Freer Gallery of Art Arthur M Sackler GalleryGallery Guide Cave as Canvas: Hidden Images of Worship along the ancient Silk Routes
Cave as Canvas: Hidden Images of Worship along the Ancient Silk Routes
Buddhist Cave Temples in Chinese Central Asia along the Silk Routes
Buddhism reached Chinese Central Asia (modern Xinjiang) from India around the first century A.D., brought by missionaries via the ancient Silk Routes. By the third century A.D., this new religion was flourishing in all the oasis kingdoms in the Tarim Basin (the Taklamakan Desert), also known as eastern Turkestan. As the Buddhist religion took hold and piety increased, the Indian tradition of excavating caves to serve as Buddhist sanctuaries proliferated in this region. In many of the Central Asian states, monasteries and temples were hewn out of the cliffs in secluded river valleys. With the patronage of local rulers, the elite, and wealthy merchants, these institutions gradually became major Buddhist centers. They continued to grow and prosper until the advent of Islam. Today, such Buddhist rock-cut cave complexes are some of the finest, if little known, monuments preserved in Chinese Central Asia.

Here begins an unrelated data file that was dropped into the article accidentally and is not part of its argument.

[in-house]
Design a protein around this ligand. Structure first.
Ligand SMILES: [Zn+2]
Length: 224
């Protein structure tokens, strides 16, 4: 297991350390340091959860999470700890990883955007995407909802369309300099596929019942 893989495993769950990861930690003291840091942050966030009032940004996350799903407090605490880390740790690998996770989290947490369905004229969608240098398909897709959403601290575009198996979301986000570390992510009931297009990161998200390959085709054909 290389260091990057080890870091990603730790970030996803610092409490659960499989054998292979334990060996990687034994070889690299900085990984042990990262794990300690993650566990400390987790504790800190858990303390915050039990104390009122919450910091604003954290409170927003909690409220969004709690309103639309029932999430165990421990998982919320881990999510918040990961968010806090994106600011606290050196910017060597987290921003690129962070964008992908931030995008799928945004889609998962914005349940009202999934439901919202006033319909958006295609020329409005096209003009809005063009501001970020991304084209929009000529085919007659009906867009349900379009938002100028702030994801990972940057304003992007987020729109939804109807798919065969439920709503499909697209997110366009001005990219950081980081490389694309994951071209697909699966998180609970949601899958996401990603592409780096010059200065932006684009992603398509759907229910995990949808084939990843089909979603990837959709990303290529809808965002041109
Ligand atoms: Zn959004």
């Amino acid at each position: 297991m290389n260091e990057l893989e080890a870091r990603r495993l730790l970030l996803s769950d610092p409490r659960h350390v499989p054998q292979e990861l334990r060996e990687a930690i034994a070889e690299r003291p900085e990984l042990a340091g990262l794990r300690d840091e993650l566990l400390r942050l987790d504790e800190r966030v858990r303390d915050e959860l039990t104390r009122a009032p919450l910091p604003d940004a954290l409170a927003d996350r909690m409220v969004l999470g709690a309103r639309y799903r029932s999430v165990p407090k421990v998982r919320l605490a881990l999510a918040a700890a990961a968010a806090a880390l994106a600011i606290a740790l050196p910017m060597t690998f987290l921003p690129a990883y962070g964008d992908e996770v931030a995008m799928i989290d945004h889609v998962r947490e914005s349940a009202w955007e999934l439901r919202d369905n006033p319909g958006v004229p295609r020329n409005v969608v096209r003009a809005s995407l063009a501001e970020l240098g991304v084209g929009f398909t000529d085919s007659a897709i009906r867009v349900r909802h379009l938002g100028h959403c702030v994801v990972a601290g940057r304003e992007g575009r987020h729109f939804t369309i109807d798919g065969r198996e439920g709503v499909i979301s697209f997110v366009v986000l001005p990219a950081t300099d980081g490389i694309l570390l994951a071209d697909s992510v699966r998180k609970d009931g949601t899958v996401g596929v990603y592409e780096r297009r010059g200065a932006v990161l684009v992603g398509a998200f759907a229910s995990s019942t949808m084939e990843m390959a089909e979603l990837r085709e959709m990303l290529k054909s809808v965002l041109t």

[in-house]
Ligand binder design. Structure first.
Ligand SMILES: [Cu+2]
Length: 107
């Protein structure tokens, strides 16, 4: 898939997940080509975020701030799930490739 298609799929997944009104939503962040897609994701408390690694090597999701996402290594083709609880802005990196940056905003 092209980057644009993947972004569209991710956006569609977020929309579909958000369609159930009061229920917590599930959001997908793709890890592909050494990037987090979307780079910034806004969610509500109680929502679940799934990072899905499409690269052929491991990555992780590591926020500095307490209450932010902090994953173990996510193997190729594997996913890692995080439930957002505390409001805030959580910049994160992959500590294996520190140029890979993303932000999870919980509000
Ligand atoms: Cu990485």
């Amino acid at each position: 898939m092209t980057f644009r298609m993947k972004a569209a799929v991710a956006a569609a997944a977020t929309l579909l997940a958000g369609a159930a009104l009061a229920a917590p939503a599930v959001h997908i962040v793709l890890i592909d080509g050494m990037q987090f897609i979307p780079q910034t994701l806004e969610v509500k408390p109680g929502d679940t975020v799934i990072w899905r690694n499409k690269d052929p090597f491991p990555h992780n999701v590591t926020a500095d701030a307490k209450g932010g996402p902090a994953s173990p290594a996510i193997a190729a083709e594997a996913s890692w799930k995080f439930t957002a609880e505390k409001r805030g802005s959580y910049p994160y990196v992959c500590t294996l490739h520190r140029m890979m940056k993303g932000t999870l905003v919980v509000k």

All Buddhist rock-cut caves can be classified into two major types: simple unadorned monks' quarters and larger halls of worship that are often lavishly decorated with wall paintings and sculptures. The largest surviving cave complex in Chinese Central Asia today is located at the site of Qizil (or Kizil), near the city of Kucha. Today, over 250 caves still survive at Qizil, of which 135 are relatively intact. Both types of caves occur there and the decorated cave temples represent the highest achievement of Central Asian art during this period. The grandeur of Qizil is comparable to other great Buddhist cave sites in China, such as the Dunhuang Caves in the Gansu Province and the Longmen Caves in the Henan Province.

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